Simple but Useful Extension Methods

In my previous post, I gave a fairly quick introduction to extension methods in C#. This post will present two examples to illustrate how readability can be improved by means of very simple extension methods.

One of the most common checks you perform on a string is whether it has any value. The string type has a static IsNullOrEmpty method intended for this purpose. The reason this method is static is that it could never check for null if it was an instance method. Rather, it would throw a NullReferenceException. Consider this extension method, however.

public static class Extensions
{
	public static bool IsNullOrEmpty(this string value)
	{
		return string.IsNullOrEmpty(value);
	}
}

Being static, this method can be invoked even when value is null. But, due to the fact that it is defined as an extension method, you can invoke it using instance method syntax, improving readability.

string foo = null;
if(foo.IsNullOrEmpty())
{
	// Do something
}

Another common scenario is parsing string values into corresponding enumeration values. Again, .NET provides a static method for this purpose. The Enum type has a static Parse method which takes a Type parameter and a string parameter, and returns an object which then has to be casted to the specified type.

string day = "Monday";
DayOfWeek dayOfWeek = (DayOfWeek)Enum.Parse(typeof(DayOfWeek), day);

The signal-to-noise ratio of that second line of code is rather poor. Consider the following generic extension method.

public static class Extensions
{
	public static T ToEnum<T>(this string value)
	{
		return (T)Enum.Parse(typeof(T), value);
	}
}

Notice how this method does exactly the same as the concrete DayOfWeek example above. With this extension method in place, however, each parse operation can now be reduced to the following.

string day = "Monday";
DayOfWeek dayOfWeek = day.ToEnum<DayOfWeek>();

Again, the major benefit is with the readability.

The examples in this post are extremely simple, but they illustrate how easily you can improve readability by simply wrapping existing functionality in a reasonably named extension methods. For more handy extension methods, I recommend browsing through this StackOverflow thread:
http://stackoverflow.com/questions/271398/post-your-extension-goodies-for-c-net

Extension Methods in C#

Extension methods were introduced as a C# feature in version 3. An extension method is really nothing but a plain old static method. The difference is how you can invoke that static method. Conventionally, a static method is called by explicitly telling the compiler which class contains the method.

int absoluteValue = Math.Abs(-5);

Here, the static method Abs is called on the Math class with the argument -5. If the Abs method was declared an extension method, the first parameter could have been passed using instance method invocation syntax.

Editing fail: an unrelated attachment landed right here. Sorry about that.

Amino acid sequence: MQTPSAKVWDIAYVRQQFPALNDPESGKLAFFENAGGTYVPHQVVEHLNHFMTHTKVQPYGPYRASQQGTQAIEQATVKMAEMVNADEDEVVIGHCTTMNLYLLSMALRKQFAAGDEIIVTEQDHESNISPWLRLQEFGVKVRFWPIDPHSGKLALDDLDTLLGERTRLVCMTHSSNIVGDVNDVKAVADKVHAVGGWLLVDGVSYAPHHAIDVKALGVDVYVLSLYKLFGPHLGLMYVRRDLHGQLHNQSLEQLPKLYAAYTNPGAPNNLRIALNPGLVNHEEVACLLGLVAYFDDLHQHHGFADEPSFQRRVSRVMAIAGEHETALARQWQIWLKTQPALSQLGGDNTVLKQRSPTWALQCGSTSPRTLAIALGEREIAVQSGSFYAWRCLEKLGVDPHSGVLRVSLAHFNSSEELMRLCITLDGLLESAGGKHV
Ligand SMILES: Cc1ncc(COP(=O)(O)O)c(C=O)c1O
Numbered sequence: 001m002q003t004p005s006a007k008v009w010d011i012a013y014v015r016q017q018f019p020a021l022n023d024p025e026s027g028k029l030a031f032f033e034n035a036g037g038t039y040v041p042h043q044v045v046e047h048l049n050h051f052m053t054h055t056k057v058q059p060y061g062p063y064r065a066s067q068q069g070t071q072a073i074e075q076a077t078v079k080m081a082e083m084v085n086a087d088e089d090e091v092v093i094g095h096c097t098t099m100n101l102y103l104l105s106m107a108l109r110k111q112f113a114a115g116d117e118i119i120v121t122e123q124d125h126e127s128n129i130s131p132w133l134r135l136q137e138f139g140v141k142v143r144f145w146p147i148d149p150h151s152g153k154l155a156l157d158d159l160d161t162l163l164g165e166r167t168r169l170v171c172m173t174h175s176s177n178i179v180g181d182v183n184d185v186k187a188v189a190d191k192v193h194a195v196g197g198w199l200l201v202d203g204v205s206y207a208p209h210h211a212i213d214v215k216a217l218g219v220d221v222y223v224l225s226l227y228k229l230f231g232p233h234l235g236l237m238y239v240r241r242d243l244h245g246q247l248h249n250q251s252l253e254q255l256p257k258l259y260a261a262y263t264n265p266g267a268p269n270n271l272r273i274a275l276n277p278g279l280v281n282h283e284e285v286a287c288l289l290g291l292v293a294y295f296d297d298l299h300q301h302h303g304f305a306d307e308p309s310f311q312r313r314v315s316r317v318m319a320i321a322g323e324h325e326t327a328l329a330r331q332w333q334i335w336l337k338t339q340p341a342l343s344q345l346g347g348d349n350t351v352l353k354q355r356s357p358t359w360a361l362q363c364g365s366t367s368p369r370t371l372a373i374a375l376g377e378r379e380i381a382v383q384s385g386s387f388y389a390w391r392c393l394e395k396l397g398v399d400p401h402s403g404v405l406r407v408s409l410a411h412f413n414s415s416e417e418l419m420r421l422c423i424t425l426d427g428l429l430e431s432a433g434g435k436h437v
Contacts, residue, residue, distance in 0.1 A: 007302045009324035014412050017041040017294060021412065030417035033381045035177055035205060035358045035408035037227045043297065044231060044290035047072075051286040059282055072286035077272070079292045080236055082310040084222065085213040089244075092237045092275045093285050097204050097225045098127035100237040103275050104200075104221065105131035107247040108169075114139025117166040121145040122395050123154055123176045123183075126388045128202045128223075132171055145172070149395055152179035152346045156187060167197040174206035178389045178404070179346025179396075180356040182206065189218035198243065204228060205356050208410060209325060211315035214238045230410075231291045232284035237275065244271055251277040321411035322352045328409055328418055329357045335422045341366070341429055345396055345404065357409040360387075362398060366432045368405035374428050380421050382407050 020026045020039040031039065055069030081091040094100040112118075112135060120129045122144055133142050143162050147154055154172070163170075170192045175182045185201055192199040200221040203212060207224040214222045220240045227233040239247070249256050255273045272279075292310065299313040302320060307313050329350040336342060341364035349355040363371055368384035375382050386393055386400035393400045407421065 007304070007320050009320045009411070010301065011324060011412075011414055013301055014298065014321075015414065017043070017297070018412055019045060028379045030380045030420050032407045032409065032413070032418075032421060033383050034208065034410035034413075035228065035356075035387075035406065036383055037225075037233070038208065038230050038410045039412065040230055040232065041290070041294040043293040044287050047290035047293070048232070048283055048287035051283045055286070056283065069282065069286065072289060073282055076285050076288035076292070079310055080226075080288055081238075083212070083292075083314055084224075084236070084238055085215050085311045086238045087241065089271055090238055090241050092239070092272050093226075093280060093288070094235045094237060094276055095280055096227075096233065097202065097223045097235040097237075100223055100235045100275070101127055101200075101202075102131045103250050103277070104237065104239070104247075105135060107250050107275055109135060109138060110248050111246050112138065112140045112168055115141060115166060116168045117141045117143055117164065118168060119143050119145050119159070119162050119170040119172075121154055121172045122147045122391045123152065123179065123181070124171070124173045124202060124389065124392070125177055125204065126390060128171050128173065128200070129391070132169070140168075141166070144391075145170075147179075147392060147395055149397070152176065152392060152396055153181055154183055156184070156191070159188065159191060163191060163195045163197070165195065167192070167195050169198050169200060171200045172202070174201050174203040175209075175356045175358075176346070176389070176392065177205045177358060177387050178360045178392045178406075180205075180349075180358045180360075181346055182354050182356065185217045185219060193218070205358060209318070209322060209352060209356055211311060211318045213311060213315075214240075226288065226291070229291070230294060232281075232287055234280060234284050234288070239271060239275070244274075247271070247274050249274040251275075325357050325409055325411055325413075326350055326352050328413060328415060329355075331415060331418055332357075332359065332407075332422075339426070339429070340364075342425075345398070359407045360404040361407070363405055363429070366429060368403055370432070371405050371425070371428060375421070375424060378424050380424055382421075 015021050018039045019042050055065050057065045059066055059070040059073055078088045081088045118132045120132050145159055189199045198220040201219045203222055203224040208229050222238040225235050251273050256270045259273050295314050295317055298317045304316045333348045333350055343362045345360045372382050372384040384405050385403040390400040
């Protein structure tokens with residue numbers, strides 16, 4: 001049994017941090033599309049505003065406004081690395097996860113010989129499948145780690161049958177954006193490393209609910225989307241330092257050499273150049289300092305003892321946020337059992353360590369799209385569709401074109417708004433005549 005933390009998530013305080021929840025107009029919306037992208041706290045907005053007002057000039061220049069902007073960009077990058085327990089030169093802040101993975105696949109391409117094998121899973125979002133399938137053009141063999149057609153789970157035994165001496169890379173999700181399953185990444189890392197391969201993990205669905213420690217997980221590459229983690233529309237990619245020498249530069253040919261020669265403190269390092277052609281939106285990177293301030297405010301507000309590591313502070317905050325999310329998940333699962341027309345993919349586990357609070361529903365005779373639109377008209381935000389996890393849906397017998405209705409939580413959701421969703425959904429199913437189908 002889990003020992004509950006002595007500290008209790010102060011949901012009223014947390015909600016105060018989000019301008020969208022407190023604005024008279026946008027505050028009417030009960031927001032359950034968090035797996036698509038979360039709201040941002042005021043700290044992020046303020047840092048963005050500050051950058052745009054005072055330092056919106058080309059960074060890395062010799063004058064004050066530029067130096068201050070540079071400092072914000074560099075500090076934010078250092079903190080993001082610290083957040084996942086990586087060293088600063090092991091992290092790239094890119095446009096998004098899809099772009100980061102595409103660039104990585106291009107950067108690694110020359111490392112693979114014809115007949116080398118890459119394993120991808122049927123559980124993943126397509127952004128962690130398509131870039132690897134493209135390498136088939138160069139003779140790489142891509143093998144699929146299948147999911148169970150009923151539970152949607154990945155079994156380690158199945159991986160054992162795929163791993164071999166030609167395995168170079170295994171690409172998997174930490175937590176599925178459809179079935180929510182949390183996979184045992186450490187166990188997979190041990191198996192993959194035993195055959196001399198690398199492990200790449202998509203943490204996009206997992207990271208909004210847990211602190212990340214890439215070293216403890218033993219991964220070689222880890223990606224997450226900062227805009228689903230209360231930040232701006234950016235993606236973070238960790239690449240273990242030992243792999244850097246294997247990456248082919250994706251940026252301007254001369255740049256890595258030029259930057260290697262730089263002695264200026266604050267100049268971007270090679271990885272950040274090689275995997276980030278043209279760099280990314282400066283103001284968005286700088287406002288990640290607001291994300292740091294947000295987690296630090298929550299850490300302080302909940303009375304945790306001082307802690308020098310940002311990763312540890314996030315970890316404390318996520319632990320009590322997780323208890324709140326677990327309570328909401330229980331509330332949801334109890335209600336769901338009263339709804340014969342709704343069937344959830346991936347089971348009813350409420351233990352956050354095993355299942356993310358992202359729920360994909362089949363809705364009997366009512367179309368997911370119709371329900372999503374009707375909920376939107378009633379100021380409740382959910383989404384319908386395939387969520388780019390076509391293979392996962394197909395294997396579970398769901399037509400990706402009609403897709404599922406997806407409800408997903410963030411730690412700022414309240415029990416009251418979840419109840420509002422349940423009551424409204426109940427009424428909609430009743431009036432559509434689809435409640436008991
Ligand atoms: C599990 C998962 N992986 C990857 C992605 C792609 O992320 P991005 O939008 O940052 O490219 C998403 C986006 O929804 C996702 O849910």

int absoluteValue = -5.Abs(); // Not valid

The most obvious place to find extension methods in .NET is in the LINQ namespaces. One such extension method is Enumerable.Where. Consider these two invocations of this method.

var values = new int[]{ 1, 2, 3, 4, 5 };

var filtered1 = values.Where(i => i < 3);
var filtered2 = Enumerable.Where(values, i => i < 3);

The two calls to Where are equivalent. In fact, the C# compiler will simply transform the former syntax into the latter before compilation. This transformation does require, however, that the compiler looks for a static method called Where in all static classes in all included namespaces, but this operation is reasonably fast.

Creating your own extension methods is very easy. The only requirements are that the method is static, its class is static and the first parameter of the method specifies a this keyword. Consider this example

public static class IntExtensions
{
	public static bool IsEven(this int value)
	{
		return value % 2 == 0;
	}

	public static bool IsOdd(this int value)
	{
		return !value.IsEven();
	}
}

These two extension methods will seemingly augment all ints with the two methods IsEven and IsOdd, making the following code compile.

if(2.IsEven() && 3.IsOdd())
{
	Console.WriteLine("All is good");
}

Extension methods can drastically improve readability, especially when performing multiple operations. Consider these two lines of code.

Utils.DoSomethingElse(Utils.DoSomething(Utils.Transform(x, "arg1"), "arg2"));
x.Transform("arg1").DoSomething("arg2").DoSomethingElse();

There is no argument that the second line is much easier to interpret while reading than the first line. Extension methods make such a “chaining” syntax of static method calls possible.

Before you go bananas and convert all your static utility methods to extension methods, however, consider this warning from MSDN:

Extension methods are less discoverable and more limited in functionality than instance methods. For those reasons, it is recommended that extension methods be used sparingly and only in situations where instance methods are not feasible or possible.

In my next post, I will present a couple of simple but handy extension methods which can be useful in most any project.